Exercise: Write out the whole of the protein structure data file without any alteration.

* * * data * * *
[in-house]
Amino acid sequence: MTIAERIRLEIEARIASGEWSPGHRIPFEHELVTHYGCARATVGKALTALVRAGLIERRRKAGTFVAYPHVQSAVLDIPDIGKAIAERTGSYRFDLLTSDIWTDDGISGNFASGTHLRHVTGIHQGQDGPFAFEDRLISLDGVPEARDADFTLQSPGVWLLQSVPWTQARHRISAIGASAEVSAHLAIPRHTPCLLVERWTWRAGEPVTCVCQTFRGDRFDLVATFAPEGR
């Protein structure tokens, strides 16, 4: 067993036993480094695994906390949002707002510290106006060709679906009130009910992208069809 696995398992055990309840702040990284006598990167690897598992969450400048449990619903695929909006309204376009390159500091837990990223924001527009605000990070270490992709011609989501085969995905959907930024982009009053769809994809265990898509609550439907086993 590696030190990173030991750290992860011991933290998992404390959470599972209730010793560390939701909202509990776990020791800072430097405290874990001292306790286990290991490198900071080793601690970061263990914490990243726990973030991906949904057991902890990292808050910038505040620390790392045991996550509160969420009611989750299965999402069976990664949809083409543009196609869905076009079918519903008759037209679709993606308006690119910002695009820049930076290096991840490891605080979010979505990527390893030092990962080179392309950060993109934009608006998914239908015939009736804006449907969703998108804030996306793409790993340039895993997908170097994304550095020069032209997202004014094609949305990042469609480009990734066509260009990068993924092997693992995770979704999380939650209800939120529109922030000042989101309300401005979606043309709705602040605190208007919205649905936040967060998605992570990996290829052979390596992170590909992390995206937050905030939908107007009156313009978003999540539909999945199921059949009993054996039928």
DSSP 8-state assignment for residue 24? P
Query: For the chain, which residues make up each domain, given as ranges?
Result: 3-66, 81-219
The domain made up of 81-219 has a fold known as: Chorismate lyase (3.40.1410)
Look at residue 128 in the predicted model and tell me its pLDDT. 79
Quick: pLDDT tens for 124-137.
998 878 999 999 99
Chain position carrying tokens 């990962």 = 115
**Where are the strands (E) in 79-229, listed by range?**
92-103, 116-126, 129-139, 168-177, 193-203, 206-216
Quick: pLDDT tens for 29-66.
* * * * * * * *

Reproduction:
[in-house]
Amino acid sequence: MTIAERIRLEIEARIASGEWSPGHRIPFEHELVTHYGCARATVGKALTALVRAGLIERRRKAGTFVAYPHVQSAVLDIPDIGKAIAERTGSYRFDLLTSDIWTDDGISGNFASGTHLRHVTGIHQGQDGPFAFEDRLISLDGVPEARDADFTLQSPGVWLLQSVPWTQARHRISAIGASAEVSAHLAIPRHTPCLLVERWTWRAGEPVTCVCQTFRGDRFDLVATFAPEGR
């Protein structure tokens, strides 16, 4: 067993036993480094695994906390949002707002510290106006060709679906009130009910992208069809 696995398992055990309840702040990284006598990167690897598992969450400048449990619903695929909006309204376009390159500091837990990223924001527009605000990070270490992709011609989501085969995905959907930024982009009053769809994809265990898509609550439907086993 590696030190990173030991750290992860011991933290998992404390959470599972209730010793560390939701909202509990776990020791800072430097405290874990001292306790286990290991490198900071080793601690970061263990914490990243726990973030991906949904057991902890990292808050910038505040620390790392045991996550509160969420009611989750299965999402069976990664949809083409543009196609869905076009079918519903008759037209679709993606308006690119910002695009820049930076290096991840490891605080979010979505990527390893030092990962080179392309950060993109934009608006998914239908015939009736804006449907969703998108804030996306793409790993340039895993997908170097994304550095020069032209997202004014094609949305990042469609480009990734066509260009990068993924092997693992995770979704999380939650209800939120529109922030000042989101309300401005979606043309709705602040605190208007919205649905936040967060998605992570990996290829052979390596992170590909992390995206937050905030939908107007009156313009978003999540539909999945199921059949009993054996039928």
DSSP 8-state assignment for residue 24? P
Query: For the chain, which residues make up each domain, given as ranges?
Result: 3-66, 81-219
The domain made up of 81-219 has a fold known as: Chorismate lyase (3.40.1410)
Look at residue 128 in the predicted model and tell me its pLDDT. 79
Quick: pLDDT tens for 124-137.
998 878 999 999 99
Chain position carrying tokens 């990962």 = 115
**Where are the strands (E) in 79-229, listed by range?**
92-103, 116-126, 129-139, 168-177, 193-203, 206-216
Quick: pLDDT tens for 29-66.